Two amateur cooks explore the world of cooking for a Crohn's and Colitis diet

Pumped Up for Pumpkin

As Fall sets in and the leaves begin to change colors, the chilly weather signals one thing: really really really cold weather is coming. In a gloomy and sometimes arctic region like New England, it is necessary to find the bright spots that accompany the arrival of Fall. For us foodies, that would be apple picking, the abundance of certain root vegetables, and of course, our favorite group of foods: winter squash. If you can recall, we once packed a stuffing into a pumpkin, baked it until it was soft, and then took a trip to food heaven as we enjoyed one of the best meals ever (Happiness in a Pumpkin). Marnina jokes that I am so much in love with squash, especially butternut and buttercup, that I should have her engagement ring resized so that it can be given to a squash. 

We have recently gone on a pumpkin craze, and we would like to share two recipes that have been indulgent but still relatively healthy due to pumpkin’s nutritional content. For dinner on Friday night we made a dairy-free pumpkin custard, a light dessert that takes like pumpkin pie filling. Then, for Sunday morning brunch, we cooked up a baked pumpkin french toast dish that was off the charts good. While we enjoyed the smell of our apartment during the cooking process of both of these dishes, we REALLY enjoyed the buttery pumpkin sweetness that infused our custard and french toast.

Pumpkin’s many nutritional benefits are well-documented. They are packed with carotenoids, which provide a source of vitamin A that protects the skin and eyes, protects your cells from the damaging effects of free radicals, enhances the functioning of your immune system, among other health benefits. The pumpkins’ orange glow is due to beta-carotene, a precursor form of vitamin A. Pumpkins are also rich in soluble fiber, which helps reduce cholesterol levels.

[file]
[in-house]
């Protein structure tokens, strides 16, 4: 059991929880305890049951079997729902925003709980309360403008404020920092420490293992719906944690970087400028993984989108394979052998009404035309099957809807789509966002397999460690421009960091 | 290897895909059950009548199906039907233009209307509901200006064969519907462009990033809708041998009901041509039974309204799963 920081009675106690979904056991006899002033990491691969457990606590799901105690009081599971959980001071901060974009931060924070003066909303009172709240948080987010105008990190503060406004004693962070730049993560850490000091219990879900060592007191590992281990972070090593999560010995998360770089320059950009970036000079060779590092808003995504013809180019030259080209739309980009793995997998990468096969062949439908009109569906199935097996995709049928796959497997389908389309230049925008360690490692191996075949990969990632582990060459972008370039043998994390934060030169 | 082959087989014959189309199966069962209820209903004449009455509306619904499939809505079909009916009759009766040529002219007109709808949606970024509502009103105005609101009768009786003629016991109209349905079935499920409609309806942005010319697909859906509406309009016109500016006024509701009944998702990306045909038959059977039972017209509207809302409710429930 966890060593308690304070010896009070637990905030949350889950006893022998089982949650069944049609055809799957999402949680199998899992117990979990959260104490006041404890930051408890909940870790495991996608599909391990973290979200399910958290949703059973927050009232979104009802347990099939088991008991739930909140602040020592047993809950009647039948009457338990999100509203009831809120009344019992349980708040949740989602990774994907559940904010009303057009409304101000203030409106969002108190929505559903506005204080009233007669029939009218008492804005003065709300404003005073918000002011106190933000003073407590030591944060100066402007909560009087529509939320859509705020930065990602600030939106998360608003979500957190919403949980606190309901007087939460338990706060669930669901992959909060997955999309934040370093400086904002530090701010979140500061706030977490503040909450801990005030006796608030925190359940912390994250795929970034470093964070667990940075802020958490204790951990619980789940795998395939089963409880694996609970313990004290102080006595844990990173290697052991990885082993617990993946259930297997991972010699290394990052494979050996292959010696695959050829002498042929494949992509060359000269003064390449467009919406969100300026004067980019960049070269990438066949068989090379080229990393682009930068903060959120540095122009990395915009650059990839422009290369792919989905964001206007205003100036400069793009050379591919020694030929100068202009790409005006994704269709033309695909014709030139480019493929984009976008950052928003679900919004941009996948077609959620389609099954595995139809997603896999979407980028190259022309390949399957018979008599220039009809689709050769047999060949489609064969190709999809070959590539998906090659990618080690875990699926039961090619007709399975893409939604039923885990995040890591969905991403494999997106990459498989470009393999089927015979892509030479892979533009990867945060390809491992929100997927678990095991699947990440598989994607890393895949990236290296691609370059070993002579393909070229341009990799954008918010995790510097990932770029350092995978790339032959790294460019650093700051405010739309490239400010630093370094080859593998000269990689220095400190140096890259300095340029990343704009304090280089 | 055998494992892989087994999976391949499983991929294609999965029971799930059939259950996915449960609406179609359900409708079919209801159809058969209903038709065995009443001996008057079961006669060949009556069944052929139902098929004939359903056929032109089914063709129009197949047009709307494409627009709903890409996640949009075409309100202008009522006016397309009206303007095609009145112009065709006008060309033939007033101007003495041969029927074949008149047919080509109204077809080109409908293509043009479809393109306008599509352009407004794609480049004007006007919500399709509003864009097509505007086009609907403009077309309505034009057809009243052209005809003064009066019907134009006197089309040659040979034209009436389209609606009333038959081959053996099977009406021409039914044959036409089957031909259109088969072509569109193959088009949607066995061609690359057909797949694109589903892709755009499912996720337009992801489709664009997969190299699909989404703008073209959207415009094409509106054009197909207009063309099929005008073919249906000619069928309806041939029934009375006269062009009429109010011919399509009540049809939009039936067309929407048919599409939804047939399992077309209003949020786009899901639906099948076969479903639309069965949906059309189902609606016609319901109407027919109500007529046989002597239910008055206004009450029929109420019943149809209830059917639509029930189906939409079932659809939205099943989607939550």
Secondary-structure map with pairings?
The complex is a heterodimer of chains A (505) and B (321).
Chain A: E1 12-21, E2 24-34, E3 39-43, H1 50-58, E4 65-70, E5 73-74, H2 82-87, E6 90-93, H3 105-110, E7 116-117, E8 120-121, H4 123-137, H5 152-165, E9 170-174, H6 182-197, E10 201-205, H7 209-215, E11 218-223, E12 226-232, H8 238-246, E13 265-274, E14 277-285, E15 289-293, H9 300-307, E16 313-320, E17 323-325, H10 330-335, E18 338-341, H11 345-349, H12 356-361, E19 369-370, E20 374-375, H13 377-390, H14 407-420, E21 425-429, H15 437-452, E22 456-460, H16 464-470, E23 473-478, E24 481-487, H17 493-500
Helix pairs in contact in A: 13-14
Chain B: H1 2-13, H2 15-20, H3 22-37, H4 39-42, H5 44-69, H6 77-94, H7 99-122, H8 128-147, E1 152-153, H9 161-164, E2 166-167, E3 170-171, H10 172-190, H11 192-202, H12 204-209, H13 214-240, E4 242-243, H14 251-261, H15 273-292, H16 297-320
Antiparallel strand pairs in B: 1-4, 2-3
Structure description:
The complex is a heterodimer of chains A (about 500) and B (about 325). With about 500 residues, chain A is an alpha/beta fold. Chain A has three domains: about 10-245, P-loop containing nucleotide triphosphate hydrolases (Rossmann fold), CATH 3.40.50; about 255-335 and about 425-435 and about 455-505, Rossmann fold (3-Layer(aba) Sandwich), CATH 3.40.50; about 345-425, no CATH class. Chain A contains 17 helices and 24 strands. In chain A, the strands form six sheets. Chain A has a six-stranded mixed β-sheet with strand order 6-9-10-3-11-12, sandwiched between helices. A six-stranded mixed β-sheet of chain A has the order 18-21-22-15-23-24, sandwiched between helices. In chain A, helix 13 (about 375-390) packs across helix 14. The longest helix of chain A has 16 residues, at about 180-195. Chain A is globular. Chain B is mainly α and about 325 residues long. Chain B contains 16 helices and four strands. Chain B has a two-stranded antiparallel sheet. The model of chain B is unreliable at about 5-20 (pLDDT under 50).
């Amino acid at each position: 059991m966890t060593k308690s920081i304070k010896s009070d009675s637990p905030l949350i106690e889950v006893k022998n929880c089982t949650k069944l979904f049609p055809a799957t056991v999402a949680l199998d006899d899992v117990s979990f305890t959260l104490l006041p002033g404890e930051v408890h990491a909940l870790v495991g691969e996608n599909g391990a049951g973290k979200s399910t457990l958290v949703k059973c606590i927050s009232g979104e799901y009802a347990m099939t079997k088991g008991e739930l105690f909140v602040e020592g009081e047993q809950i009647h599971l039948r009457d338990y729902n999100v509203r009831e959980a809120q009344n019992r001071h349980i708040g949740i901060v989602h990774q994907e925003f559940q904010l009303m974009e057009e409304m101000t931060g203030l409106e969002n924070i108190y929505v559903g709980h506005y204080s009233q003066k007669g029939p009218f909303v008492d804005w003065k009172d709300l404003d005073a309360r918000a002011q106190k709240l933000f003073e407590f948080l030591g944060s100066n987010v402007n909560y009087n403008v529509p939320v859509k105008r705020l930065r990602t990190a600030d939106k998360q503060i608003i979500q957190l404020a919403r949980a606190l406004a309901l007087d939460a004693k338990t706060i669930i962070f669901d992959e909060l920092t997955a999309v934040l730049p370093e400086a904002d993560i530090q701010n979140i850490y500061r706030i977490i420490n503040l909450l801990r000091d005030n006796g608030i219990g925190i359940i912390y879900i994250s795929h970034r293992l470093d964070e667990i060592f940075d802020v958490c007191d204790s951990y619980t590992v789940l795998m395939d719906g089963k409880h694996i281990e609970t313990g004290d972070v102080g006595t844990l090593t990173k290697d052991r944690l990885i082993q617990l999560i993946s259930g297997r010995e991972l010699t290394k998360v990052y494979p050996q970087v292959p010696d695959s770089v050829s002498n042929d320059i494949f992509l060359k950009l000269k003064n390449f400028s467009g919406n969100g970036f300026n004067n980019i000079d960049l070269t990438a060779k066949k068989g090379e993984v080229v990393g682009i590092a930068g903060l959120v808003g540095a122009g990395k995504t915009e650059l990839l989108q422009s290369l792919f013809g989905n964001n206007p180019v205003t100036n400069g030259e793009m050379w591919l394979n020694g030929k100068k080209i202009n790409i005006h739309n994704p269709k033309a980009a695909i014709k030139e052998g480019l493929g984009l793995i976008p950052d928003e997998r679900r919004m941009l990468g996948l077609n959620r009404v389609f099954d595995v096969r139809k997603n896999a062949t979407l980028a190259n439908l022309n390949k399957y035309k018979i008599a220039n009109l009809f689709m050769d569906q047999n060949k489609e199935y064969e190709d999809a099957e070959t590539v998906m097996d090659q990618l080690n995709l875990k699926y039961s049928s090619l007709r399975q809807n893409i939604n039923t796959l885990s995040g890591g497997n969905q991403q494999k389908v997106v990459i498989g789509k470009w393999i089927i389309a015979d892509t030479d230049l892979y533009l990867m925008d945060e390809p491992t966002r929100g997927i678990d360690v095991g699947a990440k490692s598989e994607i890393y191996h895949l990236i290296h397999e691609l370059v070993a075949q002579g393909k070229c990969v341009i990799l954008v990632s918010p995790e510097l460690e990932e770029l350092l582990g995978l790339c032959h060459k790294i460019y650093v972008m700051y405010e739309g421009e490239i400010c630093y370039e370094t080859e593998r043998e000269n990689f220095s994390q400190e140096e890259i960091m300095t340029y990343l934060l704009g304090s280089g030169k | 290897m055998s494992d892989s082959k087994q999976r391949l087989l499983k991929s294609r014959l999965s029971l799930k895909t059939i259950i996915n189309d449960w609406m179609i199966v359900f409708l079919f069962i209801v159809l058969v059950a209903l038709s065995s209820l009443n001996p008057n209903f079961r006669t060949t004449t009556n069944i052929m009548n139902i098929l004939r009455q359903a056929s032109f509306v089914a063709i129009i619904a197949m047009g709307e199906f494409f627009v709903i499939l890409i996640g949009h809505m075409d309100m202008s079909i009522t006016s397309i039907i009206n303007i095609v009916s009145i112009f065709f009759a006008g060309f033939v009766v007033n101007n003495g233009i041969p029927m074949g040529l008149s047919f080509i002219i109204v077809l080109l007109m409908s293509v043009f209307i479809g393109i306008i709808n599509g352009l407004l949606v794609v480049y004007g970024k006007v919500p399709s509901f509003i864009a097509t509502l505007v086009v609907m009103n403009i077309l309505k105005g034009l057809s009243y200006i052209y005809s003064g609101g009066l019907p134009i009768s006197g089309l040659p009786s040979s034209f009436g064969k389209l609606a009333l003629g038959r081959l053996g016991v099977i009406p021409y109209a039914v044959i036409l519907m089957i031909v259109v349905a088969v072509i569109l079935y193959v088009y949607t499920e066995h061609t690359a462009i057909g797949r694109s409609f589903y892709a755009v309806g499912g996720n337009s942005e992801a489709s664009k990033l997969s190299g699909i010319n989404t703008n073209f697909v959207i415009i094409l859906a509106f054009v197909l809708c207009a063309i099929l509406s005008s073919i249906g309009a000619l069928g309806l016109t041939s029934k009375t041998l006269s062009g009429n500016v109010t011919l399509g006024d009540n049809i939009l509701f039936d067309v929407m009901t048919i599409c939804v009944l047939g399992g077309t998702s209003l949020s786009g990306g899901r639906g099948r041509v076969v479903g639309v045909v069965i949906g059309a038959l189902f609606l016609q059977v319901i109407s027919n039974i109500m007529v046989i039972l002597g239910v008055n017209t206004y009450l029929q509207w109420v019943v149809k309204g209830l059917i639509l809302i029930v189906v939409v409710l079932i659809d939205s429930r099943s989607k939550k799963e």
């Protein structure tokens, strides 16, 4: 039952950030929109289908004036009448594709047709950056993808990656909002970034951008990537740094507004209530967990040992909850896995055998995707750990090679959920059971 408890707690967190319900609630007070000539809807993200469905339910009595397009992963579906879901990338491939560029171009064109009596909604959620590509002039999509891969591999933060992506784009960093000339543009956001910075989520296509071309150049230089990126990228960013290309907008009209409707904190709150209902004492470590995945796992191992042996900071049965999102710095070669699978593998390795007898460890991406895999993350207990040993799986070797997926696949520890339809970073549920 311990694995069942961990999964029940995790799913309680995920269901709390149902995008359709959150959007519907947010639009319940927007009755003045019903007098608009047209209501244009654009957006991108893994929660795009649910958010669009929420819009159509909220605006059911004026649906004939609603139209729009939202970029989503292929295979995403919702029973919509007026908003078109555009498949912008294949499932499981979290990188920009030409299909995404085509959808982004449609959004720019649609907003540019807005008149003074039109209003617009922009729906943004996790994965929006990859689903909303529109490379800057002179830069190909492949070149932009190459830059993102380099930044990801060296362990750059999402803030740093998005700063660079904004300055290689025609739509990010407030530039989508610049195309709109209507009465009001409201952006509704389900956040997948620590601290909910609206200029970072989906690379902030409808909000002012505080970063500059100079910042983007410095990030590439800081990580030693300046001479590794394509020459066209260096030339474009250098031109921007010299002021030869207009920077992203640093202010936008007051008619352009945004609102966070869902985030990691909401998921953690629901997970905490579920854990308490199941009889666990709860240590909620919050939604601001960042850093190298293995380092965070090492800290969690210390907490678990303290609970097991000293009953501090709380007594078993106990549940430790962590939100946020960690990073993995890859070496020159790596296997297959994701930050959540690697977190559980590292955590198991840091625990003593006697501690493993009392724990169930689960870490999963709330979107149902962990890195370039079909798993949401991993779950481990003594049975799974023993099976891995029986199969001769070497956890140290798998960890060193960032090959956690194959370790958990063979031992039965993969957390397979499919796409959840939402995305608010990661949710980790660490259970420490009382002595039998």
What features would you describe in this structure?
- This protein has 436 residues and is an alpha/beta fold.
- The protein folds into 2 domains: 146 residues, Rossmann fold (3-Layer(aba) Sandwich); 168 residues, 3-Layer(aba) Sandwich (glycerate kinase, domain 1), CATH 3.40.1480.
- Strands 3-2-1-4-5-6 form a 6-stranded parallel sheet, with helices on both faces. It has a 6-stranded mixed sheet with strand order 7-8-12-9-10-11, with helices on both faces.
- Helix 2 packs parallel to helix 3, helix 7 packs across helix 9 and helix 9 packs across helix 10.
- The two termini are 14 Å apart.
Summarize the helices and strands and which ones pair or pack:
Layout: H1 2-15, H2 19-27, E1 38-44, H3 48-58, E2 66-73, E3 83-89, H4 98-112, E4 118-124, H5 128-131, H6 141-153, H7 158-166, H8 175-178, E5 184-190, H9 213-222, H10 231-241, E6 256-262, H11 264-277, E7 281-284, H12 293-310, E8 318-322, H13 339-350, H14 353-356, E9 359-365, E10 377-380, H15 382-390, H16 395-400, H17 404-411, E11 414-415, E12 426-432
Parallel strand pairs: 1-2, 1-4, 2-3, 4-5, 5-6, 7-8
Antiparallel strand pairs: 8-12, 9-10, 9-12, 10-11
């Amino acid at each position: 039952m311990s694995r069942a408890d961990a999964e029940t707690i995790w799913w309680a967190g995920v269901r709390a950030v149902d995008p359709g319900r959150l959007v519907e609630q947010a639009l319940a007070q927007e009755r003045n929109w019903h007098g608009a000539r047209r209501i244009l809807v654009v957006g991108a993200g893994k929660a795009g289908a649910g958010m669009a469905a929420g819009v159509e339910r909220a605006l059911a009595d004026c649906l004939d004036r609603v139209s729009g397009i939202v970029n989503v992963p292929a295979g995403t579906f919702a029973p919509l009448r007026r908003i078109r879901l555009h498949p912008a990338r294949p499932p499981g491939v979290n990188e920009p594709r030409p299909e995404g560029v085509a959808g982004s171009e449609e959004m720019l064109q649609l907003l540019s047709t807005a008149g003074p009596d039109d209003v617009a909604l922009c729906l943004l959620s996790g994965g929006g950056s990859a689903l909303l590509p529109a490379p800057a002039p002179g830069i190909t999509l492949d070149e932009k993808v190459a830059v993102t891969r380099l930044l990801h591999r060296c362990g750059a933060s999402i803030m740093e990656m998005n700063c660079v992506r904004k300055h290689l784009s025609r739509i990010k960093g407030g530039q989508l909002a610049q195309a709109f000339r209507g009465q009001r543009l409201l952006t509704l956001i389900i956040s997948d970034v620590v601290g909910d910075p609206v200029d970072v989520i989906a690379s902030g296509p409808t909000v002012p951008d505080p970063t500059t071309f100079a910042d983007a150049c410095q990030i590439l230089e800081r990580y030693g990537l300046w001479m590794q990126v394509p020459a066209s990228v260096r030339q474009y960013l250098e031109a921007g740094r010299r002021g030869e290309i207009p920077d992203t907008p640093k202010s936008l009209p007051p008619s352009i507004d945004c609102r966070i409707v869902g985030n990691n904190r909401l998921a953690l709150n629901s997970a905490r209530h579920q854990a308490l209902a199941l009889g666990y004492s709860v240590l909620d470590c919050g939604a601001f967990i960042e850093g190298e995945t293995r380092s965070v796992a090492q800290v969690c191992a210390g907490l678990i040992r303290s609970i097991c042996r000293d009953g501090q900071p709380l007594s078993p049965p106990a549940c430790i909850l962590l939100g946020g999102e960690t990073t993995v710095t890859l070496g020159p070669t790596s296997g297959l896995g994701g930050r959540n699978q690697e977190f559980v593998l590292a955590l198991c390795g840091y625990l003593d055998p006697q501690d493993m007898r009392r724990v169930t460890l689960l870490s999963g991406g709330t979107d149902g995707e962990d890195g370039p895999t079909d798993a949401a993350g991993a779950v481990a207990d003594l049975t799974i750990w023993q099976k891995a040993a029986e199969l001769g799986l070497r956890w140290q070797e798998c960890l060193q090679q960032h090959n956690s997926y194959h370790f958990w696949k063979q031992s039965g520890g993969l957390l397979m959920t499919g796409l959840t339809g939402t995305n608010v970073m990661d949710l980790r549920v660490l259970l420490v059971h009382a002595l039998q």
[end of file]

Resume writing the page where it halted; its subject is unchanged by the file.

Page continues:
A often-cited study from New Zealand found that individuals with Crohn’s Disease appear to have some common foods that are beneficial to them, and one of them is pumpkin (the others include white fish, salmon and tuna, oatmeal, bananas, boiled potatoes, sweet potatoes, goat’s milk, and yogurt…see the study here). As with all other foods, don’t go overboard and eat too much pumpkin.  Pumpkin is delicious but its fibrous nature can also be problematic if not eaten in moderation.  The fiber in pumpkin however, is mostly of the soluble type, meaning it is more easily digested than the insoluble fiber found in foods such as the skin of fruits and veggies and certain beans.

If you are not a pumpkin fan, you can try the following two recipes using some other type of squash (butternut, buttercup, etc.).

Pictures and recipes below:

Slow Cooker Pumpkin Custard

Preparing the custard mixture

Spicing up the custard-mixture

Pouring the mixture into the slow-cooker so it could custardize over the course of several hours

Post-custardization…we couldn’t resist eating some before snapping this picture